Inside the Korinth Ruins Site is a small museum. Most of the really valuable things in all the Greek sites were taken to Athens, but you can always find some interesting things to see in their museums. This museum has some good statues, and parts of statues that they have found.
Displayed behind a glass window are collections of body parts that were either knocked off or through time fell off.
I heard a guide saying that a lot of these artifacts had been stolen and were returned from the U.S. I cannot confirm this, but makes it interesting.
One must ride on a boat, barge, cruise ship or anything that can sail through the Corinth Canal. It is one of the most exhilarating adventures I have undertaken. As you approach the canal you can see the massive cuts made on the side walls that rise so high above.
Inside the canal, the walls appear to be only feet away, as if I could touch the wall by reaching out over the rail of the ship. Finally, the ship arrives at the point where I was standing in 1985 looking down at ships passing under the bridge. Now, I am looking up at the bridge and see people looking down at me. It sent shivers down my spine to pass under that bridge and I was so elated when the ship emerged on the other side of the canal.
Thoughts of building a path through water in 602 BC, completed in 1893 AD and now I have ridden the waters of two seas, the Aegean connecting with the lonian Sea, through the Corinth Canal. My dream came true. I found a video of a sailing through that you might enjoy. See the VIDEO of passing through the Corinth Canal.
The Corinth Canal joins the Aegean Sea and the Ionian Sea, cutting through the narrow Isthmus of Corinth and separates the Peloponnesian peninsula from the Greek mainland. The Canal is not quite 4 miles long, but ships could save hundreds of miles by going through it. (Big modern ships can’t use it—they are too wide.) People had wanted to construct a canal here since the 7th Century BC, and it finally happened in the 1890s. After a failed attempt by the French, the canal was finished by the Hungarians.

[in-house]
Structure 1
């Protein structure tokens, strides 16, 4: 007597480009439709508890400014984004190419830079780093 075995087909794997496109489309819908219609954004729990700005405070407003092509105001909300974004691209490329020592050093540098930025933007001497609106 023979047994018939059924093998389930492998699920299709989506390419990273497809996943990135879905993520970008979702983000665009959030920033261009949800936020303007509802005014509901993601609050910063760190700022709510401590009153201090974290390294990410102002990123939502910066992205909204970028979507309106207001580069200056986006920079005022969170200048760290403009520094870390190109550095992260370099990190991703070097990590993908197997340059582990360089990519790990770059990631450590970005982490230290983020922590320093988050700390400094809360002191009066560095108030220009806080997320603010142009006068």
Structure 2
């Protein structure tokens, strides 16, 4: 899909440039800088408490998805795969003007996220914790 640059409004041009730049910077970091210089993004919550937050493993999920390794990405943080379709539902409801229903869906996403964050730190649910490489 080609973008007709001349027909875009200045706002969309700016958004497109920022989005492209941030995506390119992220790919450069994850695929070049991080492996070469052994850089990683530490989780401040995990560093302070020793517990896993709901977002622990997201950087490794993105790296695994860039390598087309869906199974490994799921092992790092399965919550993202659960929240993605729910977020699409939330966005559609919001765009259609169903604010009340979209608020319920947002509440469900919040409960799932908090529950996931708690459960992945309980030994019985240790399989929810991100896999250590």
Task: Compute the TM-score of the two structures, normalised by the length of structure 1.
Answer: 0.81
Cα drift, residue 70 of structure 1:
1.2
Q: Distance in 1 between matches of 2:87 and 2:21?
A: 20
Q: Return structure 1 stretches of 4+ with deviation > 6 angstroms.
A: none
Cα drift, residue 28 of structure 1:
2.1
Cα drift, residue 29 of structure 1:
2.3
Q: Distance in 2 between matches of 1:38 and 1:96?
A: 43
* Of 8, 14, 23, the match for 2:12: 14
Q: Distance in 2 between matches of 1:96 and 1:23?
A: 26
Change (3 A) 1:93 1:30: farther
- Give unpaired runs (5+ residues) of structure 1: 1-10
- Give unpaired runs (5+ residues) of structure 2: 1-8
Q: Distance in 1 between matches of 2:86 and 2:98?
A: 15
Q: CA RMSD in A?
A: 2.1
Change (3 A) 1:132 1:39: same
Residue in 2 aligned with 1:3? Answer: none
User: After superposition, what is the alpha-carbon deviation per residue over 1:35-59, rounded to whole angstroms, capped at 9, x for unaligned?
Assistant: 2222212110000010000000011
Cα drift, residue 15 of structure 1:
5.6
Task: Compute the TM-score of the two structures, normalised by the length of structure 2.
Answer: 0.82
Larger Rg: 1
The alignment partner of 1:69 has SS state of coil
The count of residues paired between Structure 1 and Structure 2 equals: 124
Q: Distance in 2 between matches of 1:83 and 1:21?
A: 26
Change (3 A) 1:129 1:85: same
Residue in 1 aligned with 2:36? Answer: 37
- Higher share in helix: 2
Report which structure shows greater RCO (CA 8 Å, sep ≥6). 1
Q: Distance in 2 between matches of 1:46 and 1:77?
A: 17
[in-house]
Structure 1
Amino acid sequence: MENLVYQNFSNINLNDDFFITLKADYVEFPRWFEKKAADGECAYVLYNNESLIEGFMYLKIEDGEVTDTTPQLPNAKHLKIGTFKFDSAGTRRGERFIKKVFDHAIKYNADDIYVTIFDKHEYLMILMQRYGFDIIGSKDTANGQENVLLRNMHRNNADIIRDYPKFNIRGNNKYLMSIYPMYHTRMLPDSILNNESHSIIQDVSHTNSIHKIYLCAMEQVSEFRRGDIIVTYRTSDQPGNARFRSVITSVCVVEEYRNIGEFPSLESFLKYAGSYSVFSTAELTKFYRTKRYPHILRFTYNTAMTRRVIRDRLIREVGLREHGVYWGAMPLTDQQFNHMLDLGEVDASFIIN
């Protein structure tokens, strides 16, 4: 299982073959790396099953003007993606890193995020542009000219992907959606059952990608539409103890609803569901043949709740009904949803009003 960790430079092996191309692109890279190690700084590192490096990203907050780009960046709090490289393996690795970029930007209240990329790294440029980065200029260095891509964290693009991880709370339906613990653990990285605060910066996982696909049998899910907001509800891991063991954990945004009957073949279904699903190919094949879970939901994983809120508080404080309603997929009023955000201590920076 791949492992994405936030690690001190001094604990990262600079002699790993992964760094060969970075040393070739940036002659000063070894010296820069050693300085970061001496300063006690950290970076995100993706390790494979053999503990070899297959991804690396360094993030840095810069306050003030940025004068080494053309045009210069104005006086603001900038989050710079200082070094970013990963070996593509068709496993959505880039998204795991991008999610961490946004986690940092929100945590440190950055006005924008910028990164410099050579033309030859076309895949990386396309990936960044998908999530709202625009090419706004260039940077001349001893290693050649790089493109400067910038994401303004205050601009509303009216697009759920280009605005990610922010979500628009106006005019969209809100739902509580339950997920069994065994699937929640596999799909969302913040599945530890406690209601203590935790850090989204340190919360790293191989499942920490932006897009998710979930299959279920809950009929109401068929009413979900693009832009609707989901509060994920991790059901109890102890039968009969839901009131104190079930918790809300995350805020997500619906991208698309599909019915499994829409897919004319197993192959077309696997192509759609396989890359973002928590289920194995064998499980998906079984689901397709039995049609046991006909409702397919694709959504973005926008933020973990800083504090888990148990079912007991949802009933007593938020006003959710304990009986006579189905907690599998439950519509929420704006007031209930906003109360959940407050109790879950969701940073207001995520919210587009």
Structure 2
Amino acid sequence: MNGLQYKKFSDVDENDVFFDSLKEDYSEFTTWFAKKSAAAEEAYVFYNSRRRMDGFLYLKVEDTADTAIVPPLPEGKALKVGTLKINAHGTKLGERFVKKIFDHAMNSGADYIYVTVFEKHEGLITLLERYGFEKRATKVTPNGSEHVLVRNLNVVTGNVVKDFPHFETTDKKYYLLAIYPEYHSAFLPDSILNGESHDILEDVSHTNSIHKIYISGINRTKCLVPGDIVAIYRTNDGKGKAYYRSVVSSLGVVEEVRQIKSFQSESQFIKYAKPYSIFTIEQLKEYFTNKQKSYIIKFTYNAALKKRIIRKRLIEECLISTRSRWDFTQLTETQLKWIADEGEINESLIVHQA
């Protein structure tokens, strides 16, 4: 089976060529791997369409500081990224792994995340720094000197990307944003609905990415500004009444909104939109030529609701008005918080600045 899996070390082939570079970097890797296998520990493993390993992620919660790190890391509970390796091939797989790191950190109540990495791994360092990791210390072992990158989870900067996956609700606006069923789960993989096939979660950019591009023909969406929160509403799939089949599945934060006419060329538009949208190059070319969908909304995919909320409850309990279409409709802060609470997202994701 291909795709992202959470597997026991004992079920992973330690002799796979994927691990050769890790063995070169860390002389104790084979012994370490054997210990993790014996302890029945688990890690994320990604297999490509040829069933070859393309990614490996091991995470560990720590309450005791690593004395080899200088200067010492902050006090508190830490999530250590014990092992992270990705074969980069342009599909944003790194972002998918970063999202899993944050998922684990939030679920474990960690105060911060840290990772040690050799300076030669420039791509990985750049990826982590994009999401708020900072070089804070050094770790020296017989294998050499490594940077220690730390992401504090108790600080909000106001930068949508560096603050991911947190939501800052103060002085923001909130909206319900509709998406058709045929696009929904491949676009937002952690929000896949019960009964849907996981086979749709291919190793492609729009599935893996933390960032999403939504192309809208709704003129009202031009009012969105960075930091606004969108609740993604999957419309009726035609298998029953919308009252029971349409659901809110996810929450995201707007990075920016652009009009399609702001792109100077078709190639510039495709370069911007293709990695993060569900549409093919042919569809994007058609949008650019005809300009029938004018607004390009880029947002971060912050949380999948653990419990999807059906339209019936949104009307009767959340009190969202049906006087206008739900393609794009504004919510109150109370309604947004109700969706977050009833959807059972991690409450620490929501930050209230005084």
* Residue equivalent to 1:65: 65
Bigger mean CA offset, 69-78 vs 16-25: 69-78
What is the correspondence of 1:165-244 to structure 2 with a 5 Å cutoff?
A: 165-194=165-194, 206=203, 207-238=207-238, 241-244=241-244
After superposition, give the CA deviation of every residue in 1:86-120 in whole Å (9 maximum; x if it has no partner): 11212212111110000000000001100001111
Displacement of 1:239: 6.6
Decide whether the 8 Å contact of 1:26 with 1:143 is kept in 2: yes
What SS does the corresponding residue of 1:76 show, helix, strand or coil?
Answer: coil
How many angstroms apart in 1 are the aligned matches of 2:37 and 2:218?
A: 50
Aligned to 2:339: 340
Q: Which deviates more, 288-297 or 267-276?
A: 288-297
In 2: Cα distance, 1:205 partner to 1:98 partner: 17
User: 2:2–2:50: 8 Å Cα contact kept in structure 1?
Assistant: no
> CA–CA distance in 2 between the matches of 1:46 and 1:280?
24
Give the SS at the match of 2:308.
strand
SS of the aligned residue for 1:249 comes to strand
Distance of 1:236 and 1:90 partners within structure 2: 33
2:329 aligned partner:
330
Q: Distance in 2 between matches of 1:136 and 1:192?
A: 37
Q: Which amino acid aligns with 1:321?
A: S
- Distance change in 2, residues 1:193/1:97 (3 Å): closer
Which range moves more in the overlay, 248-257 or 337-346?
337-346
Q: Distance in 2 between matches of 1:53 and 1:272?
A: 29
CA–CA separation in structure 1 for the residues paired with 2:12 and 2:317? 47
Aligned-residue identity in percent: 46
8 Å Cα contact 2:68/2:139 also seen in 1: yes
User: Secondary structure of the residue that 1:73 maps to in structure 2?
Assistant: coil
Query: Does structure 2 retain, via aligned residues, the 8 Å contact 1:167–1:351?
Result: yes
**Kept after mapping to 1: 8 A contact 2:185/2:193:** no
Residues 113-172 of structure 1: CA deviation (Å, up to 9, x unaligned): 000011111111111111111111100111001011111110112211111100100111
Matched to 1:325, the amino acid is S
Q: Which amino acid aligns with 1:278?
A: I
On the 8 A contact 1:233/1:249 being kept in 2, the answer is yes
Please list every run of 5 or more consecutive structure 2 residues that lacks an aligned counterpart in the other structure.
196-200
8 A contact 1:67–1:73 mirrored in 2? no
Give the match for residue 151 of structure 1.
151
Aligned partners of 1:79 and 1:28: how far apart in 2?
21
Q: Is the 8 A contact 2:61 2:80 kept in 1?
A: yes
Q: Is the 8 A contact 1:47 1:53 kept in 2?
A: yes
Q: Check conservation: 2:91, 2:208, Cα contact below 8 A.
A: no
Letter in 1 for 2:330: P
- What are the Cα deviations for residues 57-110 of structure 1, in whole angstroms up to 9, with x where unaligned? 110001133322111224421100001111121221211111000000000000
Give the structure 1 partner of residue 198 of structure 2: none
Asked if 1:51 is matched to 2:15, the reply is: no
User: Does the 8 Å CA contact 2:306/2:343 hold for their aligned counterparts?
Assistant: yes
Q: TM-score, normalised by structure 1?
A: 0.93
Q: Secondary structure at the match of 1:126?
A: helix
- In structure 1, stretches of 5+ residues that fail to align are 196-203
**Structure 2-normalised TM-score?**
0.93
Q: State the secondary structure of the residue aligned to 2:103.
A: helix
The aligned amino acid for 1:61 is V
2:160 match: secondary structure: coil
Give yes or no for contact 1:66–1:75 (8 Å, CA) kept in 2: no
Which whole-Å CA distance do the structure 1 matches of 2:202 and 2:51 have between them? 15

In the early days there was a belief that anyone building a canal there would be cursed. Our guide suggested that it may have been a rumor started by the Corinthians because they dragged the ships across on a log platform for a fee, and they didn’t want to lose the revenue!
The bridge across the canal has a pedestrian walkway, and that is the best way to see it. Informational signs give statistics of the canal and describe its construction. People a lot braver than me can sign up to bungee-jump from the bridge.
A bay on the Aegean side was the site of the 5th Century BC Battle of Salamis, where Greek ships from a number of city-states fought the Persians and won. The famous battle of Thermopylae (Spartans vs. Persians) was about 50 miles north of the Gulf of Corinth on the Ionian Sea.
I thought that I knew just about everything that there was to know about the early Christian-era of Corinth but I got to see something during my latest trip which I had never seen before. Most students of Corinthian history or archeology are familiar with the fact that to avoid the 185 mile sail around the Peloponnesos ancient sailors would take their ships out of the sea at the Isthmus of Corinth and roll them across the isthmus, a distance of about 10 miles.